Joey, if you're able to produce a web series, that in itself is a major accomplishment. You are already successful. Just keeping doing. And then just do it some more and then some more. One thousand viewers on blip.tv may not be enough for you, but believe me ... it's plenty. Let me tell you why, in order for you to break through to where you believe you should be -- you know --- major success, everyone and their mother watching your show -- you'll have to compete not with 35 million other uploaders but ONE MUTHERFUCKER who doesn't want to see you on his turf. The studios releasing the Avengers, Men in Black 3 and every other blockbuster is dominating air space and eye balls, online and off. You can't compete against them. You don't have the infrastructure, you don't have the money. So, let's go back to your one thousand viewers on Blip. How much better would you feel if it were 10,000? 10 times better? Because in the world that I've just explained 10000 wouldn't get you any more pull than 1000, and neither would 100000 for that matter. That's why this self-driven promotion addiction is a myth. It's Sisyphus' rock ... you find yourself ceaselessly rolling a rock up a hill until its own weight brings it right back to point one. 10000 viewers or 1 million viewers, everyone who is playing this game is asking the same questions. You can not complete against dominant culture, so why even try? Concentrate on producing your web series and just like any other business if there's a demand, people will come ... if not, they won't. Then it's up to you to decide whether or not to continue. It always begins with your passion to do it. Everything else falls into place. Remember something else we haven't even touched on. The viewing experience online is individual, not collective, the way television and films are. That's not gonna change anytime soon. Getting "eyeballs" to your show, will be two at a time, Just think about that for a second. Think about the difference between viewing habits in various mediums. And that's the ultimate reason numbers online are futile ... people aren't buying tickets, they're clicking and then clicking away ... that's not a ticket sale. no telling even if they've even seen the entire video. So the paradigm online is totally different, there are no rules ... and by the same token, nothing tried and true on reaching the promise land. Just keep doing the show and you're a success.
goood advice for me! thank you!!
Great advice and very thourough. Thanks!
I would like to say that for advertising I've found Felicia Day's advice to be sage: the usual method in advertising is to ask yourself 'how do I force people to do X?' but what may prove more effective is asking yourself 'where would I go to find something like X?' and promote your web series in the forum of a web series like it, or a book series like it, or a website for people your web series is about. Tweeting with relevant hashtags, posting publicity photos in places where people will click to find out what that interesting shot is from... all of that can be done easily, and in very little time. On youtube, if you tag and label your web series in ways that other popular videos will link to it, you will get the word out. Asking everyone involved to just do a little intelligent talking in the right places can help a lot.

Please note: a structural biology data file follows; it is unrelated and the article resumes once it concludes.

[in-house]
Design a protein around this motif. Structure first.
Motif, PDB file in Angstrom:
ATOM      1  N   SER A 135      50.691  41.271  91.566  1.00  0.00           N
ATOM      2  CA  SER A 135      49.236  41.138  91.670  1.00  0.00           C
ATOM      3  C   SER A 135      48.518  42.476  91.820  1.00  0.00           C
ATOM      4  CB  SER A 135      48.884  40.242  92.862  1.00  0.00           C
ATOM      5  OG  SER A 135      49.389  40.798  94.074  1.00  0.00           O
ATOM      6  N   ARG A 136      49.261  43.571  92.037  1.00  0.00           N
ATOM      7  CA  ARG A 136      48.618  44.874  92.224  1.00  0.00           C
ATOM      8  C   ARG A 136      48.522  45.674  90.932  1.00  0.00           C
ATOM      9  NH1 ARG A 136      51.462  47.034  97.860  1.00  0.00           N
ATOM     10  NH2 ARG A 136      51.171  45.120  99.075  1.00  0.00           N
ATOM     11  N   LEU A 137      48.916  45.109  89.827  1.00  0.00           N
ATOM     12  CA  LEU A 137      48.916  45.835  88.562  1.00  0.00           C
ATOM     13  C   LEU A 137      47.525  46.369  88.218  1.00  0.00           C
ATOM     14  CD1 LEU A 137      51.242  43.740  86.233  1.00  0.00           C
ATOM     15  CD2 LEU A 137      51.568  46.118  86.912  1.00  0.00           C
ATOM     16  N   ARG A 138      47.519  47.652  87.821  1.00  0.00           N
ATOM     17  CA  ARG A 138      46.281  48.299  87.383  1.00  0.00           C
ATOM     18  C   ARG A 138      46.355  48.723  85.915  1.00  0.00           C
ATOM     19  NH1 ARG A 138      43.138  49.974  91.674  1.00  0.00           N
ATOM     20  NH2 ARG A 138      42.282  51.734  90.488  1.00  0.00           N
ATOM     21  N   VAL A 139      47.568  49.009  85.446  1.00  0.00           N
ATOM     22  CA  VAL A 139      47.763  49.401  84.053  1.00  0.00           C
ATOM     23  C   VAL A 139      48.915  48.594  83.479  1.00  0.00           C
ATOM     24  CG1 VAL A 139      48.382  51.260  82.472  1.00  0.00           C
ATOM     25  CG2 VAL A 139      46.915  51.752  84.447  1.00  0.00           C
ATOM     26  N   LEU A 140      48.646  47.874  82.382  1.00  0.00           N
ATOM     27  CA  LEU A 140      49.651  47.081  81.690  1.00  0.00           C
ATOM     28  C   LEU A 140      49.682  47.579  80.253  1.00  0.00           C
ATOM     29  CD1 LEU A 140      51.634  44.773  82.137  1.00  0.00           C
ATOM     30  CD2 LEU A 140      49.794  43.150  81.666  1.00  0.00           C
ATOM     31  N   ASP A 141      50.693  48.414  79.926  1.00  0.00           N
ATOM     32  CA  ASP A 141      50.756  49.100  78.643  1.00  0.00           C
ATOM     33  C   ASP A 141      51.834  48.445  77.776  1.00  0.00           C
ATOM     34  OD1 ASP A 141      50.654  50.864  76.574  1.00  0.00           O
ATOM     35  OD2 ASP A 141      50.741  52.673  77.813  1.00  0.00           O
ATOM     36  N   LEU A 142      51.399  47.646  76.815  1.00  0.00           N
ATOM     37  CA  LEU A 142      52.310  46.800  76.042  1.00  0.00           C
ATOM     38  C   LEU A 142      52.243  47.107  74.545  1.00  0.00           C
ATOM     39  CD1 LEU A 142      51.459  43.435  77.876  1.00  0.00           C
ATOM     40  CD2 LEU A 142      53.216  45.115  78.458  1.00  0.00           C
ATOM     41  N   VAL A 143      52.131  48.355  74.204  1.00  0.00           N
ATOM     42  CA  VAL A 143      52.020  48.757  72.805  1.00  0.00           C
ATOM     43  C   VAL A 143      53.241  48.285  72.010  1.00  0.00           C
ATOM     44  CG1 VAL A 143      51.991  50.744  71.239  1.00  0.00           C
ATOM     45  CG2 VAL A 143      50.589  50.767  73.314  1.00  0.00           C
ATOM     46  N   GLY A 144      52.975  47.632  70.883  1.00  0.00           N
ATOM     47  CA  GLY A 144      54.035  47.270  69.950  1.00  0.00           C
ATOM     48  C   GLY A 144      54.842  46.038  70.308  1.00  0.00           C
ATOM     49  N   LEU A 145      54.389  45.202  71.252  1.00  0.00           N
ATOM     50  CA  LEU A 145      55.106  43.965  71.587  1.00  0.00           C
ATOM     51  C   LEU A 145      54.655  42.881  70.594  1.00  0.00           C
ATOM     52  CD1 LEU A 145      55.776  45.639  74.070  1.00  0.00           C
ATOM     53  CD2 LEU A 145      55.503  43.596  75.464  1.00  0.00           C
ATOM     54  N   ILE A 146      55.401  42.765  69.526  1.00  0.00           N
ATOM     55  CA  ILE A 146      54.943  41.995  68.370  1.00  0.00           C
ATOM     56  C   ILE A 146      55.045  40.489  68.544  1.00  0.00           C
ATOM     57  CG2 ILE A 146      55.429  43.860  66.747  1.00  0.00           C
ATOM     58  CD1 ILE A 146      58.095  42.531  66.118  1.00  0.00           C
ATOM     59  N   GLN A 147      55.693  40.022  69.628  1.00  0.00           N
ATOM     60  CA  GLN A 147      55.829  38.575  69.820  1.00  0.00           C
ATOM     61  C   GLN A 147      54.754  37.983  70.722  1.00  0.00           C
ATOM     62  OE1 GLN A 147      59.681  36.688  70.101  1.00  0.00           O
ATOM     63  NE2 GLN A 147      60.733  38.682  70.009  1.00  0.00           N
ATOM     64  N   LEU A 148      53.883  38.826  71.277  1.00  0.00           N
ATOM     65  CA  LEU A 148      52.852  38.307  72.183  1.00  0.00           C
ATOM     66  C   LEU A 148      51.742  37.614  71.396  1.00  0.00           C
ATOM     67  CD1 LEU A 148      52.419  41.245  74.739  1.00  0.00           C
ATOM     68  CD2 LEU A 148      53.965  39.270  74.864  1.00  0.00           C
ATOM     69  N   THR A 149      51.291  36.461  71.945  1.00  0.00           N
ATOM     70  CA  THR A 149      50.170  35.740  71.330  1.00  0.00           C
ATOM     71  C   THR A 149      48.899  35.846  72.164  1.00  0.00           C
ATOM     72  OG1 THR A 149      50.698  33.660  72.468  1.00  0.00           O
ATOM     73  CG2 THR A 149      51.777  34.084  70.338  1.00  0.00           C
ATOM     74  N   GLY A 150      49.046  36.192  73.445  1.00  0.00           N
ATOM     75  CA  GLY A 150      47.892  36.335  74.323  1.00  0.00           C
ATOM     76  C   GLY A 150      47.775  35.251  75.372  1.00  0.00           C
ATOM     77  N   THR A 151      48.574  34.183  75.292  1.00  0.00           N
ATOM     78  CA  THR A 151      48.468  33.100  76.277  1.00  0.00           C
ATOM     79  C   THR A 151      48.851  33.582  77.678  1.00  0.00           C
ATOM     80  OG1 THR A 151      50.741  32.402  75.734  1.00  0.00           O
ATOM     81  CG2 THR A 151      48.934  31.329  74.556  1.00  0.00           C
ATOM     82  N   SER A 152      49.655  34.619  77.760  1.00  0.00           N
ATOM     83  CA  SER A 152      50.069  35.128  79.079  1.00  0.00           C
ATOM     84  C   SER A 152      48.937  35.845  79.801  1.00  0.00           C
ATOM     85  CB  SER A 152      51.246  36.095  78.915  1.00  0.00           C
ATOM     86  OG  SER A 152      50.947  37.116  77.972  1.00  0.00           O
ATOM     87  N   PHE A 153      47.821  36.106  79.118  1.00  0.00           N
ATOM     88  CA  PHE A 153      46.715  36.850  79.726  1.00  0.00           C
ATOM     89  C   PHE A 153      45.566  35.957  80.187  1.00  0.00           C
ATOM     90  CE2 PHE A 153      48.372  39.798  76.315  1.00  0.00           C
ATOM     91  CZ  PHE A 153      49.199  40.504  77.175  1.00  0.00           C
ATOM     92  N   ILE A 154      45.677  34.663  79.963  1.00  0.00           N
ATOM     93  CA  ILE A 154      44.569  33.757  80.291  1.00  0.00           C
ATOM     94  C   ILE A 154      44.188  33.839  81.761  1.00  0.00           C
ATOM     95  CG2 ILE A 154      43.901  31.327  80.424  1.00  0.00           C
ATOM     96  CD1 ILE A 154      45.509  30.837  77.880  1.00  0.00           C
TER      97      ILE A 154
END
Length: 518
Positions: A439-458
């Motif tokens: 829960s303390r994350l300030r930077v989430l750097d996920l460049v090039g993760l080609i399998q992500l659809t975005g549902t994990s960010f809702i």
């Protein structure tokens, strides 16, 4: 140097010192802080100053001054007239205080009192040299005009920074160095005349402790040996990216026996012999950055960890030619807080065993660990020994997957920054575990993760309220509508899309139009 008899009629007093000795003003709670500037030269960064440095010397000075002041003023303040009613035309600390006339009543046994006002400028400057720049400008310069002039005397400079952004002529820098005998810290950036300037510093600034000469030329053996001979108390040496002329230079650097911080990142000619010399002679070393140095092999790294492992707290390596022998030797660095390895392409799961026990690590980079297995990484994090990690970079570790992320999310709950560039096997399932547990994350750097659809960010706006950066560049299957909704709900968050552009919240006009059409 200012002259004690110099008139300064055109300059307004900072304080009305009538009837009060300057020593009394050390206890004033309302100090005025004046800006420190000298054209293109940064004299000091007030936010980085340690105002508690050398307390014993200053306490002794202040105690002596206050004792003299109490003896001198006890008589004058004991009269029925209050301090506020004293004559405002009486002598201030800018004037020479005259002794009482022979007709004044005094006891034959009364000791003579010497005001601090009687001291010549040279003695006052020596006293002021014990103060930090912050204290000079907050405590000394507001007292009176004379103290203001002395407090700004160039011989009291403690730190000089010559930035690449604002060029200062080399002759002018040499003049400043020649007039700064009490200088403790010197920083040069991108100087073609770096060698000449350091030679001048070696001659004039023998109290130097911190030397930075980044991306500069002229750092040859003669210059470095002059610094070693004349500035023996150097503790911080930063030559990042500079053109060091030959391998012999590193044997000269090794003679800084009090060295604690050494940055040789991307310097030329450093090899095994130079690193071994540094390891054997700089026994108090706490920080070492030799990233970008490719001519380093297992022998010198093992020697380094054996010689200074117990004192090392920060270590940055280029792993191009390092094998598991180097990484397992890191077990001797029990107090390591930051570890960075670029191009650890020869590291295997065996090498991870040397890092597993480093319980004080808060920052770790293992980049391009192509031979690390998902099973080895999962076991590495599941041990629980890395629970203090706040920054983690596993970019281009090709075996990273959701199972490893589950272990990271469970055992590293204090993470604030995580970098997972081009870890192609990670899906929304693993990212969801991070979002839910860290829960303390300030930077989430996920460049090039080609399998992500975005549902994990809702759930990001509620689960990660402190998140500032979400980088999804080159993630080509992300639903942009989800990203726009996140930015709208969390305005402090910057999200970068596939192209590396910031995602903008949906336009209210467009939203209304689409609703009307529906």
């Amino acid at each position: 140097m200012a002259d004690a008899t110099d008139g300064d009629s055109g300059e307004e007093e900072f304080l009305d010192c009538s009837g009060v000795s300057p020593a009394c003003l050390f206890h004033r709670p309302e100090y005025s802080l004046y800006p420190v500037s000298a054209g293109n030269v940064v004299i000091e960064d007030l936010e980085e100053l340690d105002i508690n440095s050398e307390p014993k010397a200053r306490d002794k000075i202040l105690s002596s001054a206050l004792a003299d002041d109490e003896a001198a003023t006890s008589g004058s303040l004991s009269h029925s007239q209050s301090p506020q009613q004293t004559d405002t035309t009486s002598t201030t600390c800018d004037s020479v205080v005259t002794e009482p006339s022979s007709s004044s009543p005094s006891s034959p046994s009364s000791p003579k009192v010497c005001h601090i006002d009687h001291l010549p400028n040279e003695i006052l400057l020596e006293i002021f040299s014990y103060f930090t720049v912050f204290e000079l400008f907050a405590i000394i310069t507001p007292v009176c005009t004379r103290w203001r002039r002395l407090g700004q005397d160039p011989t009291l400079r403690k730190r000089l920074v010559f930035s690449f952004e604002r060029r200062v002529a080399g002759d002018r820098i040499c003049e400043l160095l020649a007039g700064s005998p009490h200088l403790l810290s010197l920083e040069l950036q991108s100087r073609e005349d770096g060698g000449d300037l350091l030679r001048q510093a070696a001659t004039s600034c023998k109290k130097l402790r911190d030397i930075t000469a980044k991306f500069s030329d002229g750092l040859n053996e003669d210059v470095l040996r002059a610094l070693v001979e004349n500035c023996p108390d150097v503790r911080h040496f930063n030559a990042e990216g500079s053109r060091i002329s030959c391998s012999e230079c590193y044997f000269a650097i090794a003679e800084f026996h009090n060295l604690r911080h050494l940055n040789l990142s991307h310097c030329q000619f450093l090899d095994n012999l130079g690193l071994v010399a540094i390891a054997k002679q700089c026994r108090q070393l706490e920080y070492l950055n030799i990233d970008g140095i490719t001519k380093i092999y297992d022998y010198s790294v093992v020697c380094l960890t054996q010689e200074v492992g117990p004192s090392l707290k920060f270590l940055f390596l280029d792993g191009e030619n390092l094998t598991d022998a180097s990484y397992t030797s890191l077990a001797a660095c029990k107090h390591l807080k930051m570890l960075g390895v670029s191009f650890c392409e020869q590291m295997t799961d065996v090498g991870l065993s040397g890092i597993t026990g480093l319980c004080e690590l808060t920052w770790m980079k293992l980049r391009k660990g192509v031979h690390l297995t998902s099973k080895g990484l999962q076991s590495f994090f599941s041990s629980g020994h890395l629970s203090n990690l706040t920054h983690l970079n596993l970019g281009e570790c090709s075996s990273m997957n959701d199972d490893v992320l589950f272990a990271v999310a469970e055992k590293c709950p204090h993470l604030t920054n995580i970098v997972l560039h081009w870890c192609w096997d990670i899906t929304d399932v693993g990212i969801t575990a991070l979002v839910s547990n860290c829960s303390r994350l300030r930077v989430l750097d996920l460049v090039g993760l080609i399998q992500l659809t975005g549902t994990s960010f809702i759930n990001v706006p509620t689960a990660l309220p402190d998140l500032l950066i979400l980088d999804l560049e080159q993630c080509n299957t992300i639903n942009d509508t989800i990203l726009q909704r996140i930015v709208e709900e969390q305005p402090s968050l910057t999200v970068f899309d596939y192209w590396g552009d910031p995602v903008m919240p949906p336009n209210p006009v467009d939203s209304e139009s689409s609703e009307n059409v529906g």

I interviewed a producer that has a web series deal with Hulu. Hulu and similar sites aren't looking to pick up existing web series and that's just the honest truth. Instead they are producing their own content with full 100% ownership and hiring creators to help make the shows.
Also, instead of always promoting a web series, creators should start promoting their skill-set. Put it out there in the web series community that you're a writer, producer, director, editor, dp, etc and that you're available for hire to work on other people's project. Sell yourself, not your series.
For all those that are intersted in making money and/or working in the film industry this is really good advice. Out of curiousity is this interview you did on video or written in an article anywhere? For big companies like Hulu it really makes sense to me that they would hire the folks to create instead of search far and wide to find a series to pick up for their network.
Sidenote: Great website you have here Rich! A BIG Thanks for creating such a great community.
Had the 1 hour audio interview but took it down as I'm trying to consolidate my personal branding. I was all over the place doing various live, video, audio and editorial interviews. Some are still online, some I've taken down and will re-publish at some point under a more controlled branding. As mentioned, top brands aren't picking up third party web series when they can create their own from scratch and cut through the red tape. Some creators are just hard to deal with. Believe it or not I've consulted with clients who want to be "picked up" and still keep creative control and own their IP because they see Felicia Day doing it, but Felicia is one in a zillion, which they don't understand. To license your series and keep full ownership you would have to be super successful on your own first as in they're beating down your door. If you're on the up and come and want to license your series you're not keeping creative control period.